People who are driving to see the eclipse should prepare for heavier-than-normal traffic, and AAA and provided some safety tips for drivers, like keeping your headlights on and putting down the sun visor to block the view of the sun during the eclipse if driving.

Solar eclipse safety

While millions of people in the southern Plains and South may need to dodge severe weather to stay safe on Monday, millions more will need to take precautions to protect their eyes to view the total solar eclipse.

Eye protection is essential, and to safely view the total solar eclipse on Monday, you'll need glasses with solar filters, also known as eclipse glasses. You may even be able to use a welding helmet or goggles if they're Shade 12 or higher, according to NASA.

Your eyes could receive permanent damage if the proper protection isn't worn while looking at the solar eclipse. In fact, looking at the Sun during the solar eclipse for just 20 seconds caused permanent eye damage to a New York woman after the last total solar eclipse in 2017.

The young woman's vision was 20/20 in the right eye and 20/25 in the left before the eclipse. Within four hours of looking at the Sun, she said her vision was blurry and distorted in both eyes, and the only color she could see was black.

Ophthalmologists fear more people could receive the same type of eye damage during the solar eclipse on Monday.

"The patient actually looked at the Sun with glasses that she thought were protective, and in that case, they weren't protective," said Dr. Avnish Deobhakta, vitreoretinal surgeon of the Ear and Eye Infirmary of Mount Sinai.  "She ended up having damage to the retina, which is like the camera film of the eye, and unfortunately, we're not able to fix that kind of damage."

Cloudy skies forecast for Monday could spell disappointment for many of the millions of North Americans hoping to glimpse the continent's first total solar eclipse since 2017, possibly turning this spellbinding celestial phenomenon into a dud.
Some regions that more typically experience fair skies in April within the "path of totality" - the narrow corridor where the moon can be seen obscuring the entire face of the sun - appear to have the gloomiest weather outlook for Monday.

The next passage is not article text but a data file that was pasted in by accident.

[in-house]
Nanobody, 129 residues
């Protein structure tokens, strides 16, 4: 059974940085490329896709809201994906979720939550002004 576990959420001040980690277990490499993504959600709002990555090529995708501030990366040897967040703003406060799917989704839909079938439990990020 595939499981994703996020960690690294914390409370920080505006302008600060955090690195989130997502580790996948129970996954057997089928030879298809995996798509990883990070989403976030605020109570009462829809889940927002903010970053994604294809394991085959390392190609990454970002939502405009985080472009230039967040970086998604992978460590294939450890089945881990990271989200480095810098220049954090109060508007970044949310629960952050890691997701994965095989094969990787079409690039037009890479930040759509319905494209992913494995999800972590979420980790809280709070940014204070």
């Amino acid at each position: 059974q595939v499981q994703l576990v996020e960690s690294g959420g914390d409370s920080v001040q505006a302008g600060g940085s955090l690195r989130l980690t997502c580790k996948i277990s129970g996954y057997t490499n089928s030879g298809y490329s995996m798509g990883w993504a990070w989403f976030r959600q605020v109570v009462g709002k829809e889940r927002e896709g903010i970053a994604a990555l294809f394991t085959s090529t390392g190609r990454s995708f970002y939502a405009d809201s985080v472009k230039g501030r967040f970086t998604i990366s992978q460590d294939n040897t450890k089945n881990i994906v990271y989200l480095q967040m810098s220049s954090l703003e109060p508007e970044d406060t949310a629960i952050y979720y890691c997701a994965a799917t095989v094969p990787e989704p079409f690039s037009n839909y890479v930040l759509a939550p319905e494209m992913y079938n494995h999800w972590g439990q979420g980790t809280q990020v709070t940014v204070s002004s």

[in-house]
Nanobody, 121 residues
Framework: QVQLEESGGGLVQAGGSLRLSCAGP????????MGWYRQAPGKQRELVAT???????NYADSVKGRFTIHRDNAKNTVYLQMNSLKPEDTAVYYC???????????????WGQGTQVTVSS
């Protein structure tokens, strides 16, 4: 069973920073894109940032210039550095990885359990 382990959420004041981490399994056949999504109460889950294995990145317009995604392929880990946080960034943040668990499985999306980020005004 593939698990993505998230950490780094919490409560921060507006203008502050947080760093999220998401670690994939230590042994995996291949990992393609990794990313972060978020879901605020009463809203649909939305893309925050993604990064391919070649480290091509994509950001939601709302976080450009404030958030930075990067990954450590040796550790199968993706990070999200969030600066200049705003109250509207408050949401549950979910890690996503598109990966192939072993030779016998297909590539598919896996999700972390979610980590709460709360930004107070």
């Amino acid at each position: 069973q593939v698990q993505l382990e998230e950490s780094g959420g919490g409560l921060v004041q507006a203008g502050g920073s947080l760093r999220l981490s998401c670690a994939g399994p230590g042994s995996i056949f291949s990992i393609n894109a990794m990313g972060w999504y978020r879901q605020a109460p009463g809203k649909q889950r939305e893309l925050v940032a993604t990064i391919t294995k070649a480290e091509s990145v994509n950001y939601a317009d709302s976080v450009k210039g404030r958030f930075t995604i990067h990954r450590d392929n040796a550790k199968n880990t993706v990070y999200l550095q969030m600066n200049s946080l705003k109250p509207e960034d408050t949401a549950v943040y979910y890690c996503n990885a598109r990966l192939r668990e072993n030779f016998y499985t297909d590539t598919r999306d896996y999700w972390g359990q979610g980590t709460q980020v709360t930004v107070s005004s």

Much of Texas, considered prime eclipse-viewing territory by many traveling there for the occasion, was predicted in forecast models on Friday to have cloud cover of 60%-80% on eclipse day.
Parts of northern New England, by comparison, looked far more promising. The probability for clear skies was also improving across the middle Mississippi Valley and western Ohio Valley, including Indianapolis, according to the National Weather Service.
"I'm pretty disappointed," Gary Fine, 81, a retired photographer from Los Angeles who booked airfare and hotel reservations for Dallas several months ago, said on Friday as packed for his trip.
Fine briefly considered switching to a New England itinerary as forecasts of overcast conditions emerged in Texas, but he decided that was too costly and difficult. "We'll just go with our original plan and hope for the best," Fine said.
The reversal of fortune is attributed to a storm system moving through the U.S. upper Midwest and an associated cold front, according to Josh Weiss, a meteorologist with the Weather Prediction Center, a branch of the weather service.
Seasonal climate patterns "would suggest that New England and the Ohio Valley would be cloudiest in April, and the southern part of the eclipse path would be the most clear. It just so happens with this weather system it's almost the exact opposite," Weiss said.
Where clear skies prevail, skywatchers along the direct path of the eclipse will be treated to the rare spectacle of the moon appearing as a dark orb creeping in front of the sun, briefly blocking out all but a brilliant halo of light, or corona, around the sun's outer edge.